"You Can Handle This?"

Menstuff® has compiled the following information and Q&As on the mandatory Selective Service sign-up program for 18-25 year old boys/men in the U.S.

NOTE: This information is provided strictly as a service and may be updated or changed by the Selective Service System without our knowledge. Therefore, it is your responsibility to use this as information only and to clarify all information with the Selective Service System, when appropriate!

Know the Facts
Who Must Register

Will I Be Drafted
What Happens If I Don't Register?
What are the Benefits?
How Your Register
After Your Register...
Need More Information?

Related Issues: Can You Handle It?, Land Minds, POWs, War

Know the Facts


What is Selective Service Registration? Registration is the process by which the U.S. government collects names and addresses of men age 18 through 25 to use in case a national emergency requires rapid expansion of the Armed Forces. Men should register within 30 days of their 18th birthday. Men who are 26 years old and older are too old to register.

Who Must Register


With few exceptions, all male U.S. citizens and male immigrant aliens residing in the U.S. and its territories must register if they are 18 through 25. Refer to the chart for specifics.

Will I Be Drafted


Registering with Selective Service does not mean you are joining the military. (See the chart for "Who Must Register") The fact that a man is required to register does not mean that he will be drafted. No one has been drafted since 1973. No one can be drafted into the military unless ordered by Congress and the President. A draft would most likely occur only in the event of war or national emergency.

What Happens If I Don't Register?


Not registering is a felony. Young men convicted of failure to register may be fined up to $250,000, imprisoned for up to five years, or both. In addition to being subject to prosecution, failure to register may cause you to permanently forfeit eligibility for certain benefits.

What are the Benefits?


Federal and many state laws require registration-age men to be registered with Selective Service to remain eligible for applying for the following benefits: student financial aid, government employment, employment with the U.S. Postal Service, job training and U.S. citizenship for male immigrants.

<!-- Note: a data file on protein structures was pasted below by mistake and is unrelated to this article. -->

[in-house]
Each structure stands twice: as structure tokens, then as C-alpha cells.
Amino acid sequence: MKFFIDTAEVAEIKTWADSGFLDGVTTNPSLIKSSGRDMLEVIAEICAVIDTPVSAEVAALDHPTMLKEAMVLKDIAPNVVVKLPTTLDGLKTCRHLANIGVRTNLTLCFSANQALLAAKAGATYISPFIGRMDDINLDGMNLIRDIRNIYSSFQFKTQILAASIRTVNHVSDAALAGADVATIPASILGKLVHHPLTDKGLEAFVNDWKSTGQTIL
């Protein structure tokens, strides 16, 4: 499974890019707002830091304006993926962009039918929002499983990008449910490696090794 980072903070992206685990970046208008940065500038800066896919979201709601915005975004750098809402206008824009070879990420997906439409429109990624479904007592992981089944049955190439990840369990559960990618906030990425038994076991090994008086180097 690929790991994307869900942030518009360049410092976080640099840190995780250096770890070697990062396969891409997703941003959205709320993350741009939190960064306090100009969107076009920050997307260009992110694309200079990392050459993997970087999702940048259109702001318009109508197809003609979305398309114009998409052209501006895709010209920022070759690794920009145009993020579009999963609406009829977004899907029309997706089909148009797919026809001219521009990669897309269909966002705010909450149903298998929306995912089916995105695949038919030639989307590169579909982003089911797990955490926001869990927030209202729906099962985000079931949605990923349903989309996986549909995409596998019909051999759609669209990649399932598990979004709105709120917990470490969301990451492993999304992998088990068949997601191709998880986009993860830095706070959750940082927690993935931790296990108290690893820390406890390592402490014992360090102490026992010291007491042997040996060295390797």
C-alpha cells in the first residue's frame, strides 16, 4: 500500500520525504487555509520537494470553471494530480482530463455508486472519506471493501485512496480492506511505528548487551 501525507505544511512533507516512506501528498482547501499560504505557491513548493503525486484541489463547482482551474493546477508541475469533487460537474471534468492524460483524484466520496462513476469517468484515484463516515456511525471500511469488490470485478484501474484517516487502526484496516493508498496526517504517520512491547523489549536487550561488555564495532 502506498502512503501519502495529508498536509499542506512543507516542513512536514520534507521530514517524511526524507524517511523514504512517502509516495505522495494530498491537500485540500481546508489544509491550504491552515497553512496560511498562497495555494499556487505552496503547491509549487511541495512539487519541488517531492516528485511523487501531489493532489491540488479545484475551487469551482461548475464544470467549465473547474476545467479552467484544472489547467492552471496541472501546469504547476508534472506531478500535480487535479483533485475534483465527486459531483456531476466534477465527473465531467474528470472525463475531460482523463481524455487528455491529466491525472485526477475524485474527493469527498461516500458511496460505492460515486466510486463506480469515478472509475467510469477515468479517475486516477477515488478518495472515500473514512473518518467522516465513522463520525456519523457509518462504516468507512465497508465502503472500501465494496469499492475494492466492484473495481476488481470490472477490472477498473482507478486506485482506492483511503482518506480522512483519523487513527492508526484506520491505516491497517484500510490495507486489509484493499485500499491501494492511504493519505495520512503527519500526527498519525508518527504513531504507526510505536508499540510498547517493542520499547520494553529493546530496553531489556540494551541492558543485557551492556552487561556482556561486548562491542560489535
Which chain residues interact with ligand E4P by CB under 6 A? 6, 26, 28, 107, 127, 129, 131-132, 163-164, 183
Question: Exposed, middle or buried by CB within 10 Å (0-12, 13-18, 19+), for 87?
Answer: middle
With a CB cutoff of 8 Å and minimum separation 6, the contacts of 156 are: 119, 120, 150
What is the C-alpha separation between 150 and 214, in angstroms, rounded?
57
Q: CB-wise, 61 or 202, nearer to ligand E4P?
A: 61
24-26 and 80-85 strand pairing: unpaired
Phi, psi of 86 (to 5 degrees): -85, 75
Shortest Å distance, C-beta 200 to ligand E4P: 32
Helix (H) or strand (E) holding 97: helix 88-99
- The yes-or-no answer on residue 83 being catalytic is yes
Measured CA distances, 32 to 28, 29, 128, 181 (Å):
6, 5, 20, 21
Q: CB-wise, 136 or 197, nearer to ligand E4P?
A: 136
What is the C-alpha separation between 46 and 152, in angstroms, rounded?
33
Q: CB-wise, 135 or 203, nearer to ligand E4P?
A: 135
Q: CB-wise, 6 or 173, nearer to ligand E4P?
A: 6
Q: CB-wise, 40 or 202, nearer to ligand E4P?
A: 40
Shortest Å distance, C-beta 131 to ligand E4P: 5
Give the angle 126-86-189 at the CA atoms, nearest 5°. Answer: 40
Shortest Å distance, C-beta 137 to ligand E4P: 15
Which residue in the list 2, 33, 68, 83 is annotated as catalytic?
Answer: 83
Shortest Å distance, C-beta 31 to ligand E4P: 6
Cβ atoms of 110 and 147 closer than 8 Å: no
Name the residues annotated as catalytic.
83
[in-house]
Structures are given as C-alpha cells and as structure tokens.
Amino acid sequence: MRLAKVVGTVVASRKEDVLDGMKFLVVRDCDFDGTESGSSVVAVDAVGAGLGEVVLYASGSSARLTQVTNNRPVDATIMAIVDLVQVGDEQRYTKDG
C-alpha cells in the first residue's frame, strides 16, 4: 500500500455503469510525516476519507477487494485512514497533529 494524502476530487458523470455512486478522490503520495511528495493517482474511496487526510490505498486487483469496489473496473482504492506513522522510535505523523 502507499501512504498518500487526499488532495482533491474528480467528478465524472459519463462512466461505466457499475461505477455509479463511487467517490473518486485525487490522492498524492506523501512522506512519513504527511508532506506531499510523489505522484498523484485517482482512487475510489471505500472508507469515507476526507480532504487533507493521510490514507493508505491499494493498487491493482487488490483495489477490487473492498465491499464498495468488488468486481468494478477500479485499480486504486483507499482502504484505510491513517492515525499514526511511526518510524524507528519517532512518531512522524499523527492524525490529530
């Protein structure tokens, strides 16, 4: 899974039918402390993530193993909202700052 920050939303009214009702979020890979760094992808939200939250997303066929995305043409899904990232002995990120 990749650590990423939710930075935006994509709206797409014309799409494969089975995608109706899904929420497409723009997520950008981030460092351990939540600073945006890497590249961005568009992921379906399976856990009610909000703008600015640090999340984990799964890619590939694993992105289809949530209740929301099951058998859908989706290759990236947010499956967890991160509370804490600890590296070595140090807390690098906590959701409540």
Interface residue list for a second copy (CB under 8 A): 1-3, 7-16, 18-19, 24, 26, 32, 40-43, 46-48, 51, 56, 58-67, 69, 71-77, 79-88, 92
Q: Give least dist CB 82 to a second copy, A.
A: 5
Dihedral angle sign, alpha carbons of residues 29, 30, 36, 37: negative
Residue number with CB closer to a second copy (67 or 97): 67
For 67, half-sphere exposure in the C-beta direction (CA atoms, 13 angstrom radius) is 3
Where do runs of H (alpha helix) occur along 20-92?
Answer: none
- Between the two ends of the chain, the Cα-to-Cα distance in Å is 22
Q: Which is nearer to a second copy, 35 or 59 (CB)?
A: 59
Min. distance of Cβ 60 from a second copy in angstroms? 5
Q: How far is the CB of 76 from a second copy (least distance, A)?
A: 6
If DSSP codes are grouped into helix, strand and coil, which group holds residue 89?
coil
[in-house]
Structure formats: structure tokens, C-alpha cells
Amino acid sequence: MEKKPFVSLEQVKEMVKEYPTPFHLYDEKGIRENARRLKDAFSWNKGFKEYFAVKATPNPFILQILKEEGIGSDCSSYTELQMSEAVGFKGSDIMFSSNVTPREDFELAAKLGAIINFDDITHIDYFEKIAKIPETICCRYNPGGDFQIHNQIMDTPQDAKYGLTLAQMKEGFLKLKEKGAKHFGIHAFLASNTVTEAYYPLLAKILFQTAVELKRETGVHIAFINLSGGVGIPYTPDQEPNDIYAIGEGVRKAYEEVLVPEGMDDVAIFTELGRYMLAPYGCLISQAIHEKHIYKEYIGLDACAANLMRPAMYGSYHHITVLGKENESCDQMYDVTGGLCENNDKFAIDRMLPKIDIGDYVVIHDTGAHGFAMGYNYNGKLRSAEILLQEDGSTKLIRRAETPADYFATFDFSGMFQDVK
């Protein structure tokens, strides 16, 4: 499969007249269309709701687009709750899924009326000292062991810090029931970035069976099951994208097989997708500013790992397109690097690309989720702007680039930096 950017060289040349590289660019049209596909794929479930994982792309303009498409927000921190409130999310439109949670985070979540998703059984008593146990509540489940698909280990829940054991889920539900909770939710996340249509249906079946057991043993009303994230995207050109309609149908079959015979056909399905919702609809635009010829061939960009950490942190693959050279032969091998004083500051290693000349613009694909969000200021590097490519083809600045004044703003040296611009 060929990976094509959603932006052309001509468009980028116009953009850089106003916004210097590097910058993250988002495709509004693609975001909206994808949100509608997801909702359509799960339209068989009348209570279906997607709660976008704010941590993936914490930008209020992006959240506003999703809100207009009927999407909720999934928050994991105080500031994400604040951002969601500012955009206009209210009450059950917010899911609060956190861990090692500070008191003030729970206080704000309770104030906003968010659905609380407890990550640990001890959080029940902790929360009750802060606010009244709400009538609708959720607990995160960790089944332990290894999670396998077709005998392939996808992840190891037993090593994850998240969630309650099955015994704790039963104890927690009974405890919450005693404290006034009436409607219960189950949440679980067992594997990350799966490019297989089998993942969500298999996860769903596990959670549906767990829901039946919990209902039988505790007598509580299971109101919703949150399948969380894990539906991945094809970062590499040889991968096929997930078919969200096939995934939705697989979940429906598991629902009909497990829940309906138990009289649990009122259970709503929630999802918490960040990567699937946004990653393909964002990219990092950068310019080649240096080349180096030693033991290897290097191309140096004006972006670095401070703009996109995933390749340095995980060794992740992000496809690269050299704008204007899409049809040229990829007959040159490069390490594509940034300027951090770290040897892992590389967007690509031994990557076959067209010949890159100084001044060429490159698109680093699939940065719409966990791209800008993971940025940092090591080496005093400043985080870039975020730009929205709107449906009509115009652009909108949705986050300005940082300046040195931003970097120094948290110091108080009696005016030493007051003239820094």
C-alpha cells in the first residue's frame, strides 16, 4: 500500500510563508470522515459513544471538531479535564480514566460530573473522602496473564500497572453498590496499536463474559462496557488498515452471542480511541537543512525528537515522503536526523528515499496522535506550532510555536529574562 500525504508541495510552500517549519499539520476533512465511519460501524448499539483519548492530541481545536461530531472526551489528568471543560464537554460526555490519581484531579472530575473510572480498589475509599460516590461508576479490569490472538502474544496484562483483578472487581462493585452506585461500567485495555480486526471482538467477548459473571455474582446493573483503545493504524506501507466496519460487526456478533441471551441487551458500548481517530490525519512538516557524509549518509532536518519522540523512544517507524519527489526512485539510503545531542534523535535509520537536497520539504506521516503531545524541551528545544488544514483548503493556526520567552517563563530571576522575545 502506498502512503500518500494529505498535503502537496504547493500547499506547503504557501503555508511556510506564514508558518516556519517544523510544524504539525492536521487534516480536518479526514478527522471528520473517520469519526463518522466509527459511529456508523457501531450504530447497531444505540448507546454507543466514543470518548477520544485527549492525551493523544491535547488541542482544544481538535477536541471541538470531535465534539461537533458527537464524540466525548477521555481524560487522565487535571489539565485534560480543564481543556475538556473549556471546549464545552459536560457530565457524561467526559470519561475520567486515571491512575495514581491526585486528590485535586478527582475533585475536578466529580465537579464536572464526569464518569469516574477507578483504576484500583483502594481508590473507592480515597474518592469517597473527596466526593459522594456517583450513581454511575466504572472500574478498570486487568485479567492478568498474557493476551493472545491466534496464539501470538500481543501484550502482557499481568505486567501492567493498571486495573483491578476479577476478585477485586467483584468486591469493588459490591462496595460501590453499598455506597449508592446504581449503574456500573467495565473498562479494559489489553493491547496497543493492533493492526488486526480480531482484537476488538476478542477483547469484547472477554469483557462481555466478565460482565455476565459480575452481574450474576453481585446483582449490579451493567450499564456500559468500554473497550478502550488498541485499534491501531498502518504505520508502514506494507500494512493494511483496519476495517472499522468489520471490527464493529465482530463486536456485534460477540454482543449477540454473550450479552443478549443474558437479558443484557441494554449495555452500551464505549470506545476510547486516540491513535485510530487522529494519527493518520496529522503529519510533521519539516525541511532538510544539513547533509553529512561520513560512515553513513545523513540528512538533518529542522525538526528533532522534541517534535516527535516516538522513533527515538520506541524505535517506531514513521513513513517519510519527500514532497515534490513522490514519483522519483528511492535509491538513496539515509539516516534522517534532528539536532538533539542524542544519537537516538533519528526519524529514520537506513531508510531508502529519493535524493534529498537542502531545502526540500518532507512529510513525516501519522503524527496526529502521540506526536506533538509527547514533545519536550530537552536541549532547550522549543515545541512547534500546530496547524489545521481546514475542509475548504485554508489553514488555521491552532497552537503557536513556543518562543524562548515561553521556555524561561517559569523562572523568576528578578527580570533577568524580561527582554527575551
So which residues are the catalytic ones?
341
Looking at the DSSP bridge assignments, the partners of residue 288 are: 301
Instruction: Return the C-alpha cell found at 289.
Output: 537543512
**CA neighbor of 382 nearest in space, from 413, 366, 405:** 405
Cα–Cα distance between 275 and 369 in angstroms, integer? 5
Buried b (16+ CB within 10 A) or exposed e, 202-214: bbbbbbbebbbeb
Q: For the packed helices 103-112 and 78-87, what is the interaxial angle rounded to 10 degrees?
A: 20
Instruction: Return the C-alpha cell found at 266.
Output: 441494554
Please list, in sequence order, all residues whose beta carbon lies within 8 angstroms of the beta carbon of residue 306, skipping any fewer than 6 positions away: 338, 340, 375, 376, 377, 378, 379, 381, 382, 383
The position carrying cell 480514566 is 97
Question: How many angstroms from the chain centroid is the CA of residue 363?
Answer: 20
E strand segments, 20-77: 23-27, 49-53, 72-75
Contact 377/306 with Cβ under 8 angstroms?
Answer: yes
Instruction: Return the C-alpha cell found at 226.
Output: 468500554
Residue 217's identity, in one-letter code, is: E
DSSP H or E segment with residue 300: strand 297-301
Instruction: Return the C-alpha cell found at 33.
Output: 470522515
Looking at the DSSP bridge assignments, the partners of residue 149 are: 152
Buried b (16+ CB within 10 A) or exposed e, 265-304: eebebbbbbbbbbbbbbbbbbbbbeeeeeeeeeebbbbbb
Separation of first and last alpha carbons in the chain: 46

How Your Register


Save a Stamp, Save Time, Register On-Line. A quicker way to register is on-line through the Internet at the Selective Service System web site (http://www.sss.gov). If you cannot register on-line, then follow the instructions listed below and fill out and mail the attached card.

Complete the Registration Card that is available at a U.S. Postal Service office putting your information in BLACK INK and CAPITAL  LETTERS ONLY. Then tear off card, add postage, and mail.

Note: If you're concerned about privacy of personal data, you may mail this card to Selective Service in an envelope. Please apply proper first class postage.

After Your Register...


Watch your mail. Within 90 days after registering you should receive in the mail a Registration Acknowledgment Card from Selective Service which will provide you with a copy of your registration record. Safeguard that document since it will serve as official proof of your registration. If you do not receive a Registration Acknowledgment Card within 90 days after registering, it is very important that you verify that your registration has been received. Verify or check your registration on-line (http//www.sss.gov) or call 888.655.1825, or write to: Selective Service System, Registration Information Office, PO Box 94638, Palatine, IL 60094-4638.